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Ever since the dinosaurs died off 65 million years ago, reptiles have had it relatively easy in the extinction department, not nearly as susceptible to environmental changes as birds, mammals, and amphibians. Regardless, there have been snakes, turtles, lizards and crocodiles that have gone extinct in historical times.01of 10
The Jamaican Giant GalliwaspWikimedia Commons
It sounds like something from a story, but the Giant Jamaican Galliwasp was a species of "anguid" lizard known as Celestus occiduus. Galliwasps (mostly belonging to a related genus, Diploglossus) can be found all over the Caribbean--there are variants native to Cuba, Puerto Rico and Costa Rica--but the Jamaican Giant Galliwasp never quite came to terms with civilization, going completely extinct a couple of hundred years ago. Galliwasps are mysterious, secretive creatures that mainly hunt at night, so there's still a lot we don't know about their resiliency to ecological pressure.
The Round Island Burrowing Boa
The Round Island Burrowing Boa is a bit of a misnomer: in fact, this three-foot-long snake used to be native to the Indian Ocean island of Mauritius (where the Dodo Bird had gone extinct a few centuries before), and was only pushed out to the much smaller Round Island thanks to the depredations of human settlers and their pets. The last known sighting of the shy, gentle. euphoniously named Round Island Burrowing Boa was in 1996; by then, erosion of this snake's natural habitat by invasive goats and rabbits had spelled its doom.03of 10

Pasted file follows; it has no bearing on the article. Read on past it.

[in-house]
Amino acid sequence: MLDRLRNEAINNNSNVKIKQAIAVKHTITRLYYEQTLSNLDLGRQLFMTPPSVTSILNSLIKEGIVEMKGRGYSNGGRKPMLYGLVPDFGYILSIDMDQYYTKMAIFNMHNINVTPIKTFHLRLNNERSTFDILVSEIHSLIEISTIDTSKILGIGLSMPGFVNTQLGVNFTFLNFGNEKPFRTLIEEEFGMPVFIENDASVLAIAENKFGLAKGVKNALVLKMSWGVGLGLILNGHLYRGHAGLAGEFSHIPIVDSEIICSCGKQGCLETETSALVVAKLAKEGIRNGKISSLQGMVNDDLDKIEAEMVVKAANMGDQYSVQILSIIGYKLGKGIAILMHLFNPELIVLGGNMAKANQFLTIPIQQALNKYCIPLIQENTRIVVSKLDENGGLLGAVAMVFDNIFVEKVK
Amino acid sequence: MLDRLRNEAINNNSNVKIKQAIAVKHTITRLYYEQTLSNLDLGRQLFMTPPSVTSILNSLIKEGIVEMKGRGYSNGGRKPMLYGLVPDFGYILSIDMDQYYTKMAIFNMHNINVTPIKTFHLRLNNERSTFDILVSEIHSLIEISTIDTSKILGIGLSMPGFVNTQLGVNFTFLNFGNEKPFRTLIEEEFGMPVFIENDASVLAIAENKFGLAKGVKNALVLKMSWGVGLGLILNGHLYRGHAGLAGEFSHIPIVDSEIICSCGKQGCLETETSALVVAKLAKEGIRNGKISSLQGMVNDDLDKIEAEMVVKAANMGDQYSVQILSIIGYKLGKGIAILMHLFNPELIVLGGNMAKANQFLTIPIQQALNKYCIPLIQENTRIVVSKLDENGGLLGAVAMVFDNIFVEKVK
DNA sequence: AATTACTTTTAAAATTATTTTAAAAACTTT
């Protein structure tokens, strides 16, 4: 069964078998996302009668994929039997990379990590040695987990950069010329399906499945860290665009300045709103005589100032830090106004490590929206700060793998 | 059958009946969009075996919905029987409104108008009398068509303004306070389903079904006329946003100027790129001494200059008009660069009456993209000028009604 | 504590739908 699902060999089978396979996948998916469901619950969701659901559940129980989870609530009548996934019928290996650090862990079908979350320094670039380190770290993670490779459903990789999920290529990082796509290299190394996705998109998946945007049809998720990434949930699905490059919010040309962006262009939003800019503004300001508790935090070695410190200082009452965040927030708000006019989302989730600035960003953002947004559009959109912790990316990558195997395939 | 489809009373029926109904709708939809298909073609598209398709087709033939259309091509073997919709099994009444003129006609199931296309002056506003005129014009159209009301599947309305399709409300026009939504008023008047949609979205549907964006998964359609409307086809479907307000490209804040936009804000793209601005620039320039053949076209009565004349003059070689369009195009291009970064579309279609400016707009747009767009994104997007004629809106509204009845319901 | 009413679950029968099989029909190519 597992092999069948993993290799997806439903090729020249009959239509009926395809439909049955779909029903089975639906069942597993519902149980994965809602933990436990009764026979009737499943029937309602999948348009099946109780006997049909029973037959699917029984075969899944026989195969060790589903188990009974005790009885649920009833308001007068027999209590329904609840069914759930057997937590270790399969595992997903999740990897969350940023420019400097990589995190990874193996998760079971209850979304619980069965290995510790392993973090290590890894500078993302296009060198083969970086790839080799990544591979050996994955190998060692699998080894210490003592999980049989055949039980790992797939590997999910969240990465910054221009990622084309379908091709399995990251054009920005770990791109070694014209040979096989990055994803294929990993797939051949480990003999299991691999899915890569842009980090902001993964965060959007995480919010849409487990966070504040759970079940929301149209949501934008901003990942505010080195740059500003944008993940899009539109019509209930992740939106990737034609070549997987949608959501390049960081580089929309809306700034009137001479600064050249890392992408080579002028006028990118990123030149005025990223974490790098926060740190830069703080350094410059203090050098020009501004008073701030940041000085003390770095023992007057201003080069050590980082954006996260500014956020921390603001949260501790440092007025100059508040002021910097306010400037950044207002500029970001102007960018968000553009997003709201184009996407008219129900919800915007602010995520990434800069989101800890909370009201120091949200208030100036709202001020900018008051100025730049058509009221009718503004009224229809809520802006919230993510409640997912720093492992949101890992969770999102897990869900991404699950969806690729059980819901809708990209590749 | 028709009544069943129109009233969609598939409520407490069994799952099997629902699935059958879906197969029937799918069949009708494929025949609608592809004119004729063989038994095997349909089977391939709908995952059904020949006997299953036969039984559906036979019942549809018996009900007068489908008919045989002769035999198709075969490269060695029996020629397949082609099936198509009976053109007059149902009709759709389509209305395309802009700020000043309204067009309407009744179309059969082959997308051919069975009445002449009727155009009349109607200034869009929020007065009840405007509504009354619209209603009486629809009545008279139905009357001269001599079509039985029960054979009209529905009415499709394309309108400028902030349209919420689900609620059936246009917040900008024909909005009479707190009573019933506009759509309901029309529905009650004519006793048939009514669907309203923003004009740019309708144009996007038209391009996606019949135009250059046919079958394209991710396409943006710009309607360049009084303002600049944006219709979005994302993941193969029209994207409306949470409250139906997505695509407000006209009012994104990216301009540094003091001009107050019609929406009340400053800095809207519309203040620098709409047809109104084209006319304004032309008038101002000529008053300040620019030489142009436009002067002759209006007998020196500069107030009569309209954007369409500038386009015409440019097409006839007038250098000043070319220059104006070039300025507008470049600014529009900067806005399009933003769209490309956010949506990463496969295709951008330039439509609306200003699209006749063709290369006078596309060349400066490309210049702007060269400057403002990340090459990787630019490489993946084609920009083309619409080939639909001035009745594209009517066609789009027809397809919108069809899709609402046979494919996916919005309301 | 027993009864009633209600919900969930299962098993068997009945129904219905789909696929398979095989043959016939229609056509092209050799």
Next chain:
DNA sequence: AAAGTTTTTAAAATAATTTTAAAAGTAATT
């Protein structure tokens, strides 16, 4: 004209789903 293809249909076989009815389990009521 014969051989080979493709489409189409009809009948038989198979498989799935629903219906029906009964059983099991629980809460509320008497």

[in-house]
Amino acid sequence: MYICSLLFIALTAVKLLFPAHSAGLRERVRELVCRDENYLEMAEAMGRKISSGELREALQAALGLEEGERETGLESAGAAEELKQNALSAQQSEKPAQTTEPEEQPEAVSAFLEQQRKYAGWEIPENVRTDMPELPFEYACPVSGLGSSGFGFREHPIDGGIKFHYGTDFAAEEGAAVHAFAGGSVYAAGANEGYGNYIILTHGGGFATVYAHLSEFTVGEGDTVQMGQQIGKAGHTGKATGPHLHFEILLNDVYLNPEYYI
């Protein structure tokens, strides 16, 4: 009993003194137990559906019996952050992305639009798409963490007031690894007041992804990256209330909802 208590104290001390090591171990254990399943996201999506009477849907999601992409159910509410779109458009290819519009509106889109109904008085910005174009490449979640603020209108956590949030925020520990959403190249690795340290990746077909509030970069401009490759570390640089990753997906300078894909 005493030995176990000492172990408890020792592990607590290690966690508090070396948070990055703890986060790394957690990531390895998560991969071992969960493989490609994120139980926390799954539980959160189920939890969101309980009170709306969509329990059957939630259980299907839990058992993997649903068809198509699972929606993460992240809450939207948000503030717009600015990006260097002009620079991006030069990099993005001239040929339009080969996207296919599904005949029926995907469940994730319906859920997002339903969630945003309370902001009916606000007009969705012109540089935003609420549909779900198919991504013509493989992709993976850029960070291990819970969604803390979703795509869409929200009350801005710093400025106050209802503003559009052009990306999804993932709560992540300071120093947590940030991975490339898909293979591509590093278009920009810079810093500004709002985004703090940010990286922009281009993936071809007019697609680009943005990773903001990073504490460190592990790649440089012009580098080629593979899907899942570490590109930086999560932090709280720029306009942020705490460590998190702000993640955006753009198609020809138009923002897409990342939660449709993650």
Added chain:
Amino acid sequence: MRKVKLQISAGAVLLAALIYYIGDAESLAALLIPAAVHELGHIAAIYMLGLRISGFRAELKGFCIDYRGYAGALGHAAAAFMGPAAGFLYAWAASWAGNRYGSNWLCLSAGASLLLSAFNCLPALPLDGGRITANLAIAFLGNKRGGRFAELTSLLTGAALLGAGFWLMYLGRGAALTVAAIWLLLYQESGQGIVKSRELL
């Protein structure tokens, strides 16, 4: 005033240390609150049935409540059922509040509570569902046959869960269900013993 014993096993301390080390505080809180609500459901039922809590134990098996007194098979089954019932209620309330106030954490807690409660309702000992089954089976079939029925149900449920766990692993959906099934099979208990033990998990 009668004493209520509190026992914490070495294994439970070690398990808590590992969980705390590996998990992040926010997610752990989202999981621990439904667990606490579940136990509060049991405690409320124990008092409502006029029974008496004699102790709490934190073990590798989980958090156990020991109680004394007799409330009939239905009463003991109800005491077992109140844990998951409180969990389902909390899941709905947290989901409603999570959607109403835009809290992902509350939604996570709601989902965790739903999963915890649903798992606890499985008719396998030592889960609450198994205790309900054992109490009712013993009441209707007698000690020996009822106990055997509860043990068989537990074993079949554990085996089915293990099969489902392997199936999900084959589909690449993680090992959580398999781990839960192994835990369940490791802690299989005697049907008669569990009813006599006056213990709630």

The Cape Verde Giant Skink
Skinks--not to be confused with skunks--are the world's most diverse lizards, flourishing in deserts, mountains and polar regions. Even still, individual skink species are every bit as vulnerable to destruction as any other type of animal, as witness the early 20th-century disappearance of the Cape Verde Giant Skink. Macroscincus, as this genus is technically known, was unable to adapt either to the resident humans of the Cape Verde islands, who prized this reptile for its valuable "skink oil," or to the relentless desertification of its natural habitat.
The KawekaweauWikimedia Commons
The largest gecko that ever lived, the two-foot-long Kawekaweau (you may find it easier to refer to it by its alternate name, Delcourt's Giant Gecko) was native to New Zealand until human settlers drove it to extinction in the late 19th century. The last known Kawekaweau was killed by a Maori chieftain in 1870--he didn't bring the body back with him as evidence, but his detailed description of the reptile was enough to convince naturalists that he had made a genuine sighting. (The name Kawekaweau, by the way, refers to a mythical Maori forest lizard.)
The Rodrigues Giant Tortoise
The Rodrigues Giant Tortoise came in two varieties, both of which disappeared around the turn of the 18th century: the Domed Tortoise (which only weighed about 25 pounds, barely meriting the adjective "giant") and the Saddle-Backed Tortoise, which was substantially bigger. Both of these testudines lived on the island of Rodrigues, located about 350 miles east of Mauritius in the Indian Ocean, and both were hunted to extinction by human settlers, who must have been amused by these turtles' social behavior (slow-moving herds of Saddle-Backs numbered in the thousands!)06of 10